The last thing I saw Syme do — a video I think — he was emphasizing FPs role as a prototyping and exploratory tool. Presumably you “sketch” out rapid prototypes in F#, then wrap it up in a traditional class hierarchy. Makes sense, and I’m for it. Although I wonder how far you can go with F# without stubbing your toe badly. I know with the current prototype I’m working on I had to mix in quite a bit of UI elements. Once you fall down the “class trap” the code starts to get clunky and big again (although better-organized and easier to maintain)
    I’ll consider posting the JSON code in a future article. I’d like a day to test it first before I go slinging it out there, so it might be a while. I hate to sound like a mercenary/pirate/jerk, but I’m also wondering what the value of some of these little nuggets are? Perhaps I should just keep them and keep assimilating various tools until I find something that has commercial value. Perhaps over time, as my toolbox accumulates into the dozens of tools, they start coming together in new and wonderful ways. Could be a startup in there.That sounds sucky, I know, but there it is.
    Bill made a wonderful comment about the richness of UI tools, especially in windows and on the web. Things like the TreeView, or complex grids.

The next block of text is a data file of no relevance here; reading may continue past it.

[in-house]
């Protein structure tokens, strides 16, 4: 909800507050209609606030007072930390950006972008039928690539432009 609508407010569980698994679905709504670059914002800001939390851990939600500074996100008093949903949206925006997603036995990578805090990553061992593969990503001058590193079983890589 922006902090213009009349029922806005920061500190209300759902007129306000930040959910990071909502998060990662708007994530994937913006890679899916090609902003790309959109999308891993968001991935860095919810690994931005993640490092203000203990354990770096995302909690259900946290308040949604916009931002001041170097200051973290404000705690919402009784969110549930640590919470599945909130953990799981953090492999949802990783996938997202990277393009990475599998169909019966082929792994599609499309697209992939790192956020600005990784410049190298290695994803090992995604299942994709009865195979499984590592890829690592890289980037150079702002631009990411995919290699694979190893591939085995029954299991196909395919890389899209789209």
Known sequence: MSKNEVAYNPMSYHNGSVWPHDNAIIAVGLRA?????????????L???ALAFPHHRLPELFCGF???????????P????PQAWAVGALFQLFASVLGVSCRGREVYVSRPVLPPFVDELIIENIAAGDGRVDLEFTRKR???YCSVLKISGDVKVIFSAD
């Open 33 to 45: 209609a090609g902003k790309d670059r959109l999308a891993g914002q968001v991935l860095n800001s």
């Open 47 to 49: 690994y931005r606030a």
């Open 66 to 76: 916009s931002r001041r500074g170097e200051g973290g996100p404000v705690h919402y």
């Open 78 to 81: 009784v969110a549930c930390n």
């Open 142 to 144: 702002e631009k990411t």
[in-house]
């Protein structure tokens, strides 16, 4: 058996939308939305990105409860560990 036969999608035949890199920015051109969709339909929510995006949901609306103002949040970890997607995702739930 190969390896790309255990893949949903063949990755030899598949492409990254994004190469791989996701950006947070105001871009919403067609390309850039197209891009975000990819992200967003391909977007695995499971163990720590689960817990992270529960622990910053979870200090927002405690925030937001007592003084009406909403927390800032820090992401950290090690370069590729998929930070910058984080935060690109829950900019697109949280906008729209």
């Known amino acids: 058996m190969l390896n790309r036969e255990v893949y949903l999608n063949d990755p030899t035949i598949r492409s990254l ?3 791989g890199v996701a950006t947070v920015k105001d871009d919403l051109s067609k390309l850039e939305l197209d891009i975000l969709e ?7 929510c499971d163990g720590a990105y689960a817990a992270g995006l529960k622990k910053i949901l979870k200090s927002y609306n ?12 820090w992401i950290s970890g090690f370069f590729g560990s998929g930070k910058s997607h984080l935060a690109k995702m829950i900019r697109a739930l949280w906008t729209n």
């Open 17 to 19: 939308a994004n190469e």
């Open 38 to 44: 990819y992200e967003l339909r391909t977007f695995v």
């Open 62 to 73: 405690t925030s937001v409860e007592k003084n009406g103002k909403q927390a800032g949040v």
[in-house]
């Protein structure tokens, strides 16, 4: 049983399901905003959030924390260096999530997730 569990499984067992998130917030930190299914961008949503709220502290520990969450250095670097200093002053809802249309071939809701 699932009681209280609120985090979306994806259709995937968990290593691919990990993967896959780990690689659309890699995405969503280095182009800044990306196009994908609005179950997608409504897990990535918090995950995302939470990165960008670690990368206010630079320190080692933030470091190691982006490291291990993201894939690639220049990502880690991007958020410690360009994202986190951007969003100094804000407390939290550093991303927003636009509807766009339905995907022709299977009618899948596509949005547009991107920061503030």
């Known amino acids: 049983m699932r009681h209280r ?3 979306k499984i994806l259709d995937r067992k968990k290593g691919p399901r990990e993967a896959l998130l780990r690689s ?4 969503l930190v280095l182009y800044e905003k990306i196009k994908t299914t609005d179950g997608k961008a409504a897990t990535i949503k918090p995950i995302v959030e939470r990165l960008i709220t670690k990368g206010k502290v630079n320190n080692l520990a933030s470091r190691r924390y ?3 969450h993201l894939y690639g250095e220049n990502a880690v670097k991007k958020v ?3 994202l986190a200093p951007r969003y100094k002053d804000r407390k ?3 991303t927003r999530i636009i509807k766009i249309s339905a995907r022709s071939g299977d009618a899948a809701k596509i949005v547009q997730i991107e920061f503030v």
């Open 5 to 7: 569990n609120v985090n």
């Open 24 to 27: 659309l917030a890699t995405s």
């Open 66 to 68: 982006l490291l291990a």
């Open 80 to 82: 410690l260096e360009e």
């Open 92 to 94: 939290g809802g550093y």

I am beginning to suspect that many of us have been led down the garden path, given more and more tools with more and more features which leads us to concentrate on flash over substance. There may be a huge gap between what we need to do and what we end up doing, and most of that gap may be because of a distraction-rich coding environment. Don’t know. But it’s something to think about.

  14. Michael Fever

    Oh great, now you gave me another language to learn! :) I’m going to try it out. I code “loose” at times so the more it helps you out, I say, the better! good post.

  15. Cleaning Company Boise

    hello daniel!
    I also find a fun in functional programming and I love this .F# is a programming language and compositional style of functional programming.I should use the best tools for programming.